A recent study revealed that Africa's urban solid waste could generate a valuable source of electricity, which could be beneficial to millions of households in Africa.
The estimated electricity production from the total waste generated in Africa could reach 122.2 TWh (Terawatt-hours) in 2025, which is more than 20 percent of the electricity consumed in 2010 at the continental level (661.5TWh), researchers from the European Joint Commission Research Center revealed in a news release.
Major energy production or consumption is usually expressed as Terawatt-hours for a period which is sometimes a calendar year or financial year. One Terawatt-hour is equal to the sustained power of approximately 114 megawatts for a period of one year.
Africa's urban solid waste could be the answer to its electricity needs. Based on the analysis, the findings showed that over 40 million households could benefit from this potential electricity production by 2015, according to the study.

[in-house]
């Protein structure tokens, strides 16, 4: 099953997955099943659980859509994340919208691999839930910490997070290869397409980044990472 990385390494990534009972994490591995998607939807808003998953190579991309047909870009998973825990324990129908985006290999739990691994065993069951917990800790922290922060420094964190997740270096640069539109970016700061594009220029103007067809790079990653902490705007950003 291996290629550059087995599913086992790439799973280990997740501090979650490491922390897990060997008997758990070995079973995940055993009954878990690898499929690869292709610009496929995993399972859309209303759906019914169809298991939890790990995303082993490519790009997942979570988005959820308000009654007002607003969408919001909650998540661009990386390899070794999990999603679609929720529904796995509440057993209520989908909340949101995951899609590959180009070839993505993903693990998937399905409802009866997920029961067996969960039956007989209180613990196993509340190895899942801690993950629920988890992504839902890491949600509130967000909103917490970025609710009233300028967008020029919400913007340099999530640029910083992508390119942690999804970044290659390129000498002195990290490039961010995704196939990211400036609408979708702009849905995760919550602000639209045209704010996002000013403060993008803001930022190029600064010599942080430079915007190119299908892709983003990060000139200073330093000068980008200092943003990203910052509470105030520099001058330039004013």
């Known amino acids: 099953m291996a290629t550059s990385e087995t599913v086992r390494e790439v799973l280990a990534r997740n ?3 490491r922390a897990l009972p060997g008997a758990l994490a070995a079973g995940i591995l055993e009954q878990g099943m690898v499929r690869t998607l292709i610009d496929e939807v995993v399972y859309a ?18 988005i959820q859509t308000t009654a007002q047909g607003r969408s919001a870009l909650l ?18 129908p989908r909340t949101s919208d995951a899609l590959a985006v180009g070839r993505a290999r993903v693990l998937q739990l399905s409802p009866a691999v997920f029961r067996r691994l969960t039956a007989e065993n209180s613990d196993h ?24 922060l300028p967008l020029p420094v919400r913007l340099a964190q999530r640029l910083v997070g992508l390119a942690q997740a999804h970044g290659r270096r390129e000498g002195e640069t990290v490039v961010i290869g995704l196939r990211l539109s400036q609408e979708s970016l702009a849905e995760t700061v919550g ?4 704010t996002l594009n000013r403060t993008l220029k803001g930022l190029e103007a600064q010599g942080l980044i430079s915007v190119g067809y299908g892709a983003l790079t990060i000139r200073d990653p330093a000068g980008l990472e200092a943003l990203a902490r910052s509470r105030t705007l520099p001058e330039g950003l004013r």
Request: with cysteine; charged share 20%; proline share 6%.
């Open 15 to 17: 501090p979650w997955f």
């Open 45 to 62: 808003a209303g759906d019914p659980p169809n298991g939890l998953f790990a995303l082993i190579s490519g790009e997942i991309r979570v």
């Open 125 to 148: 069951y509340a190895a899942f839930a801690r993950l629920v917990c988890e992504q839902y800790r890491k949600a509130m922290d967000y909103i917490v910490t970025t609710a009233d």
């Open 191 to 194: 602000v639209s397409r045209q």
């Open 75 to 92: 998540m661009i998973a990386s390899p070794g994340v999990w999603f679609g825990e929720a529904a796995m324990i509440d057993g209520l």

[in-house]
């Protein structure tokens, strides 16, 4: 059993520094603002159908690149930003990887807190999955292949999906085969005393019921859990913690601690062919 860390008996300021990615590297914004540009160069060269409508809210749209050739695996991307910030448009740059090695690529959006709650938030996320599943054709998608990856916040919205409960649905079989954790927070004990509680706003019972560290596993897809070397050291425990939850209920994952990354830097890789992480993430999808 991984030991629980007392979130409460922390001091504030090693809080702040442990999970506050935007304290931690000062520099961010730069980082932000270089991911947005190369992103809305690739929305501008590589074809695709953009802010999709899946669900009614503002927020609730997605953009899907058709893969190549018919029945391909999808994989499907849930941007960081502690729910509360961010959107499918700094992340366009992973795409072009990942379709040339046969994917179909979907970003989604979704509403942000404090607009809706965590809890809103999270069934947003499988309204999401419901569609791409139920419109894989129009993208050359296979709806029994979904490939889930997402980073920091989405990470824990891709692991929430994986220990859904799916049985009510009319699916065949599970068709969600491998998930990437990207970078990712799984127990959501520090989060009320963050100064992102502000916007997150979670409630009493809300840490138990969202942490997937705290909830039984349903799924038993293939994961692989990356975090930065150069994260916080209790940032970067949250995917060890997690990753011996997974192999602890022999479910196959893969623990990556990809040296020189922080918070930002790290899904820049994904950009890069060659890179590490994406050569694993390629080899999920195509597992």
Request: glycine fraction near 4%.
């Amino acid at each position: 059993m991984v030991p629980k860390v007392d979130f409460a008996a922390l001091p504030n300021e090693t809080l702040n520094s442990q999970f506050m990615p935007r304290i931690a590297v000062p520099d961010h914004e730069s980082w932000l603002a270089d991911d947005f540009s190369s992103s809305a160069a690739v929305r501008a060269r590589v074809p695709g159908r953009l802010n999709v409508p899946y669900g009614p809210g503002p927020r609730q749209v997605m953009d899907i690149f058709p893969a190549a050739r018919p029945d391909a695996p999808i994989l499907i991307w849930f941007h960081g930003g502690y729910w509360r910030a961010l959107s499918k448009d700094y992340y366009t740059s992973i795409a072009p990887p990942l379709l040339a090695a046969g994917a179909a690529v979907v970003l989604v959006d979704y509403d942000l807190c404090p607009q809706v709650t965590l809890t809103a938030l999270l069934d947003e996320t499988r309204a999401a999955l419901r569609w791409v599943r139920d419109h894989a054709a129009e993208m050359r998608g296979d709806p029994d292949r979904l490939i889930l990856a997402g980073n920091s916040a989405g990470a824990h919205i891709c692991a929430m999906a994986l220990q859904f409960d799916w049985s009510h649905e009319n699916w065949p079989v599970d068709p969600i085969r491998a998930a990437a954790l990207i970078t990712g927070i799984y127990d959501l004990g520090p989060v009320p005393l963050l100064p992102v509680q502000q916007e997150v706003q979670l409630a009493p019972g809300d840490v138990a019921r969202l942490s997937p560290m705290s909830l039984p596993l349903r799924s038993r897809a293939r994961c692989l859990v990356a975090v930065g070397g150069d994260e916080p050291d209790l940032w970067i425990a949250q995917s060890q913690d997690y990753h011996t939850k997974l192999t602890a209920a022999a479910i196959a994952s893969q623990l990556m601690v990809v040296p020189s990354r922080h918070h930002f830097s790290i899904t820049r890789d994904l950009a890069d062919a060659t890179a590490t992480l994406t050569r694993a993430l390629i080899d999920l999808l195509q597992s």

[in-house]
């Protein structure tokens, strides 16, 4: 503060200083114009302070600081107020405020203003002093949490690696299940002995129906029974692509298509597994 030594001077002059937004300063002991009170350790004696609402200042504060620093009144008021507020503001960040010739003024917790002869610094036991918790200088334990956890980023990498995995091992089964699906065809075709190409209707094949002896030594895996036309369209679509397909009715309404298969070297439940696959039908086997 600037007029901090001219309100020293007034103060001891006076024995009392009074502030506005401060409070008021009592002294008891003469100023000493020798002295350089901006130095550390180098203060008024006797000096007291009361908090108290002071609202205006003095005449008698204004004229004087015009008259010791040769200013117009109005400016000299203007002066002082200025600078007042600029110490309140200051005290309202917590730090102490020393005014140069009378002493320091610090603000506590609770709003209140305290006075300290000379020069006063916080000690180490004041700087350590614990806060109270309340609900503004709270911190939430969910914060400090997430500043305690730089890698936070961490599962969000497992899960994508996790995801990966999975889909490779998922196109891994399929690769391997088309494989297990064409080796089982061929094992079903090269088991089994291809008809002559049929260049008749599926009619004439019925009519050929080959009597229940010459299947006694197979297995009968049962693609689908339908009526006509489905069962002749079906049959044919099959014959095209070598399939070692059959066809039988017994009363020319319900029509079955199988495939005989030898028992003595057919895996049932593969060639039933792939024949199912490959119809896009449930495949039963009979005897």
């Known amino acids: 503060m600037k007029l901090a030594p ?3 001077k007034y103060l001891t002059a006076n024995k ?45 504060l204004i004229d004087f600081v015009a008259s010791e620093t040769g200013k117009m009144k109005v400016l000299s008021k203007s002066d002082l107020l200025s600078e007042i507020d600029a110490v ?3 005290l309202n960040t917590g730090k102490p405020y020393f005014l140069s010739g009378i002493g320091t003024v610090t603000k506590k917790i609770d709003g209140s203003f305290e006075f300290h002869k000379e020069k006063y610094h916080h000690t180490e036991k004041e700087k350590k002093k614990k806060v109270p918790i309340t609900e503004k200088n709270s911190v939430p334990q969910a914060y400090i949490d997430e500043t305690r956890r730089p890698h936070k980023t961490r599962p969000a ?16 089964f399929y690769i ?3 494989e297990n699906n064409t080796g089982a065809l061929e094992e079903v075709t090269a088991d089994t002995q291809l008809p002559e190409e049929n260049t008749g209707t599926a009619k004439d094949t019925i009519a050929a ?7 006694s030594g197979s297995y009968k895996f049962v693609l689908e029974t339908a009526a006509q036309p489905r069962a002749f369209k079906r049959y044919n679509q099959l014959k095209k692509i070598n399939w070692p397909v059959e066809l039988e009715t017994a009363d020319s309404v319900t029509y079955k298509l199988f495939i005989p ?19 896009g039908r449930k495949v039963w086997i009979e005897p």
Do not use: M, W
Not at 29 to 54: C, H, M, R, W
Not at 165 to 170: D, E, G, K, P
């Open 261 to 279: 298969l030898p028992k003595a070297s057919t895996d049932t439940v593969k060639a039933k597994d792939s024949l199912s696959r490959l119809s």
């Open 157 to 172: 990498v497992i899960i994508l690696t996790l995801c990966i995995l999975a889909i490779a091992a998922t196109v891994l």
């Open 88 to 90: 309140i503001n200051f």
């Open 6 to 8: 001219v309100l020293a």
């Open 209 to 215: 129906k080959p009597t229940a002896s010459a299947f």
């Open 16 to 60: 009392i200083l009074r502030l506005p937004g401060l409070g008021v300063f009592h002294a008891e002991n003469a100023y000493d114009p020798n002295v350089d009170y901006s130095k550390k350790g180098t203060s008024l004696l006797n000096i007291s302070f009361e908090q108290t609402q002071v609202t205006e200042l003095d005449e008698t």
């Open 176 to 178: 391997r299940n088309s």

Waste management in Africa is poor, and the potential electricity of waste actually collected was estimated at 83.8 TWh in 2025. This amounts to the energy needed for use by 27 million families in 2025.
Many people do not have access to energy in Africa. Energy recovered from solid urban waste could help in reducing the impact that solid waste has on the environment. The researchers' evaluation of energy potentials from Municipal Solid Waste from African urban areas provided them with an estimate of the total potential of energy from waste incineration and from landfill gas (LFG) in 2025 for each African country.
There existed more than 600 waste-to-energy facilities in the world in 2010. The majority of these facilities were located in Europe (472), Japan (100) and the United States (86). However, a very limited amount of waste is recovered and recycled in Africa. Waste management systems are mostly located in major urban cities.
The use of waste to generate electricity could be a major change for many countries in Africa. Electricity can be a significant contribution to many citizens in countries such as the Central African Republic, Burundi, Guinea-Bissau, Mali, Sierra Leone, Rwanda and Somalia, according to the researchers.
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